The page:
I alluded in my response to Ali Soufan’s lead essay that his sensible recommendation for countering violent extremism with empathy and education was likely to be thwarted by an American public disinclined to magnanimity. Americans are afraid, and human beings tend not to make good decisions when frightened.
The evidence of still-high public fears of terrorism has been apparent for some time, but John Mueller and Mark Steward have just assembled the data in a new Cato white paper:
The increase in spending on domestic homeland security since 9/11 has totaled well over $1 trillion, while efforts to chase down and eliminate terrorists abroad have cost trillions more.
However, these extraordinary efforts and expenditures have utterly failed to make people feel safer.
In addition to an impressive collection of polls from multiple sources showing that the public remains fearful despite the absence of any major terrorist attack in the United States, Mueller and Steward speculate on why this might be.
They posit a surprising and somewhat counterintuitive theory: contrary to those who argue that the public responds mostly to elite cues, Mueller and Steward conclude that the public is likely to believe certain things irrespective of what elites say. Public fears, they note, “can often be difficult to dampen”:
For example, in the months before 9/11, public anxiety about shark attacks unaccountably rose. This came about despite the fact that, as Daniel Byman points out, “there was no ‘shark attack’ industry in the summer of 2001.” Indeed, he adds that “officials desperately tried to calm Americans down,” yet “panic ensued nonetheless.” Eventually, officials did sternly forbid the feeding of sharks. But the absurd ban arose from the popular fear; it did not cause it.
Thus, the momentum is substantially bottom-up. Elite consensus has frequently preceded shifts of opinion. But it seems more accurate to say media and other elites put issues on the shelf — alongside a great many others — and that it is the public that puts them on the agenda. As officials found when they tried to dampen fears of sharks, the public often fails to follow.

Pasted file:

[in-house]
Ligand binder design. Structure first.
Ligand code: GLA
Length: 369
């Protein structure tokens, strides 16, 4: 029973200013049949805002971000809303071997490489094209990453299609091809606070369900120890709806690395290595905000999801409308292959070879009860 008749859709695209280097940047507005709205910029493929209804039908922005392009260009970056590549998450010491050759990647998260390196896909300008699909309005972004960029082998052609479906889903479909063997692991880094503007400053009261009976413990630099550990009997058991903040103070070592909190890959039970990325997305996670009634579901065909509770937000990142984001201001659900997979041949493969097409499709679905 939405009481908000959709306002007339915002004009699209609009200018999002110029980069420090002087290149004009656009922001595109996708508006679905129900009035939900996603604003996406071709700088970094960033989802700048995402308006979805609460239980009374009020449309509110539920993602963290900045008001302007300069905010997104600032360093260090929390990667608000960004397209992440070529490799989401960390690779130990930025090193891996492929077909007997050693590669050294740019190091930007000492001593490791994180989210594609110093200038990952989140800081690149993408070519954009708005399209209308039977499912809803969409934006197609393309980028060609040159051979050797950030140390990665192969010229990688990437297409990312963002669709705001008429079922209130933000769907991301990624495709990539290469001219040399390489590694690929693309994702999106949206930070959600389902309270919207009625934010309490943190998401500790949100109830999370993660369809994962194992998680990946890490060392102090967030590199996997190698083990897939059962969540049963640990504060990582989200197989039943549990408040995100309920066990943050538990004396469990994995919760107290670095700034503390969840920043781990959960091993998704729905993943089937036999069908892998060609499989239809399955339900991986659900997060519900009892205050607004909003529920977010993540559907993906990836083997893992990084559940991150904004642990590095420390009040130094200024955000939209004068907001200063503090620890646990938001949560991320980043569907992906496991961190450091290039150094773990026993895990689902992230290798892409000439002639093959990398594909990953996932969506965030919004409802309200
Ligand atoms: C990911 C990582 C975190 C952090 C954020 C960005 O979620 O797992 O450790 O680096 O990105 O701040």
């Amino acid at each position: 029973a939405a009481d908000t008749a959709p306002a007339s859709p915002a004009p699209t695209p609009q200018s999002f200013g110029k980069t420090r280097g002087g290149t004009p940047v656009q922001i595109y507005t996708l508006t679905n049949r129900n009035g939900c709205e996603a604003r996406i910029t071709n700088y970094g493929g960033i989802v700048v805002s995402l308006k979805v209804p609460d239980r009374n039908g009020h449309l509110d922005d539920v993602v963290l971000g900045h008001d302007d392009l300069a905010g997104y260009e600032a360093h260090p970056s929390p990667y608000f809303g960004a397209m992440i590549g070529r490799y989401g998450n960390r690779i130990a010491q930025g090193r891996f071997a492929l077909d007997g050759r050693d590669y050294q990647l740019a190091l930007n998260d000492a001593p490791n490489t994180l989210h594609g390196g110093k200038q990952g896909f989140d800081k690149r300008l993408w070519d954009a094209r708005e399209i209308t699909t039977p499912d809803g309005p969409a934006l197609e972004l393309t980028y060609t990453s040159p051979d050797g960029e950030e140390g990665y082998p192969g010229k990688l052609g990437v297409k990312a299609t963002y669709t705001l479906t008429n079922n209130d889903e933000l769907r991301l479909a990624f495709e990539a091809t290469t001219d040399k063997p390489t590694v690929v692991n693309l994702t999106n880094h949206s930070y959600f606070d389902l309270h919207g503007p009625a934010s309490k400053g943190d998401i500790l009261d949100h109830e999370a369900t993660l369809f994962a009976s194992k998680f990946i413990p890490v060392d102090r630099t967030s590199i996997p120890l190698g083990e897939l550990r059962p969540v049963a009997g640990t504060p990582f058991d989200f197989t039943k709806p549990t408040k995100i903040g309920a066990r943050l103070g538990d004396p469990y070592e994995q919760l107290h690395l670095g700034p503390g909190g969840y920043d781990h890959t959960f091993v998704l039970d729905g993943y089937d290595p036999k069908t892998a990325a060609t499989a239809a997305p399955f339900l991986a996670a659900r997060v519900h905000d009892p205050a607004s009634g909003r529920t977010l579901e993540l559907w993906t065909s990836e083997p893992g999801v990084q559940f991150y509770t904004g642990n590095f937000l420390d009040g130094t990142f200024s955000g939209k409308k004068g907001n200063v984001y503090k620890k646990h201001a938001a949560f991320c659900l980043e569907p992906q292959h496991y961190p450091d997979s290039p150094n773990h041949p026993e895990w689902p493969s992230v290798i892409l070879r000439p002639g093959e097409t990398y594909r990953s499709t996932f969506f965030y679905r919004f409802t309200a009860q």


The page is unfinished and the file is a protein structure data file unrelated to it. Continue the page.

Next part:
They conclude with an important insight with respect to policy recommendation:
The public opinion phenomenon discussed in this paper can probably be taken to indicate, perhaps somewhat paradoxically, that public officials are in some sense free to do their job right.
[W]hatever they do about terrorism, they are unlikely to affect fear levels much one way or the other. That is, they are at once incapable of reducing fear and unlikely to scare people even more than they are scared now. If people want to be afraid, nothing will stop them.
Consequently, public officials can expend money responsibly in a manner that best saves lives rather than in one that seeks to reduce fears that are unjustified and perhaps unfathomable.
I’m curious to know what Ali Soufan and Seth Jones think of these findings, or their thoughts on the broader question of why Americans remain fearful of terrorism, despite the many trillions of dollars spent to combat the scourge.
Terrorism works when people are fearful. By that standard, the terrorists are winning.